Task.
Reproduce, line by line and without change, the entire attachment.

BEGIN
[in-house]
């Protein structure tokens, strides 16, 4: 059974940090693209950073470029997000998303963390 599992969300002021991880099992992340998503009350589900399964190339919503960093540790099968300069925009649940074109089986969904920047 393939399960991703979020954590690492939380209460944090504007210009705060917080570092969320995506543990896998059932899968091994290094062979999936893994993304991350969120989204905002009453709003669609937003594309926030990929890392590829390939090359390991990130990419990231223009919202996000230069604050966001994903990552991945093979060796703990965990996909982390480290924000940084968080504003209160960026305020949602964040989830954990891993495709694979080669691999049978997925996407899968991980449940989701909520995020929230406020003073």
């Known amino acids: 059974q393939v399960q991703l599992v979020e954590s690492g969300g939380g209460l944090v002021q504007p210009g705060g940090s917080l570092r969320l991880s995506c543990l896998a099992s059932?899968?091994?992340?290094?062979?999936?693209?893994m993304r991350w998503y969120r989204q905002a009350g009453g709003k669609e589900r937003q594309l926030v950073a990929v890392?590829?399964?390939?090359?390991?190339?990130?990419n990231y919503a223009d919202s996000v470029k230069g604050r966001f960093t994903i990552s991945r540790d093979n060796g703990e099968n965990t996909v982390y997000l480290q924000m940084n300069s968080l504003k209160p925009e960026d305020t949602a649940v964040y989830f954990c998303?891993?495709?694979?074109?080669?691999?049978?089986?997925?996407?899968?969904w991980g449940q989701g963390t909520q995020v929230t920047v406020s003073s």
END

[in-house]
């Protein structure tokens, strides 16, 4: 059974940090693209950073470029997000998303963390 599992969300002021991880099992992340998503009350589900399964190339919503960093540790099968300069925009649940074109089986969904920047 393939399960991703979020954590690492939380209460944090504007210009705060917080570092969320995506543990896998059932899968091994290094062979999936893994993304991350969120989204905002009453709003669609937003594309926030990929890392590829390939090359390991990130990419990231223009919202996000230069604050966001994903990552991945093979060796703990965990996909982390480290924000940084968080504003209160960026305020949602964040989830954990891993495709694979080669691999049978997925996407899968991980449940989701909520995020929230406020003073």
């Known amino acids: 059974q393939v399960q991703l599992v979020e954590s690492g969300g939380g209460l944090v002021q504007p210009g705060g940090s917080l570092r969320l991880s995506c543990l896998a099992s059932?899968?091994?992340?290094?062979?999936?693209?893994m993304r991350w998503y969120r989204q905002a009350g009453g709003k669609e589900r937003q594309l926030v950073a990929v890392?590829?399964?390939?090359?390991?190339?990130?990419n990231y919503a223009d919202s996000v470029k230069g604050r966001f960093t994903i990552s991945r540790d093979n060796g703990e099968n965990t996909v982390y997000l480290q924000m940084n300069s968080l504003k209160p925009e960026d305020t949602a649940v964040y989830f954990c998303?891993?495709?694979?074109?080669?691999?049978?089986?997925?996407?899968?969904w991980g449940q989701g963390t909520q995020v929230t920047v406020s003073s």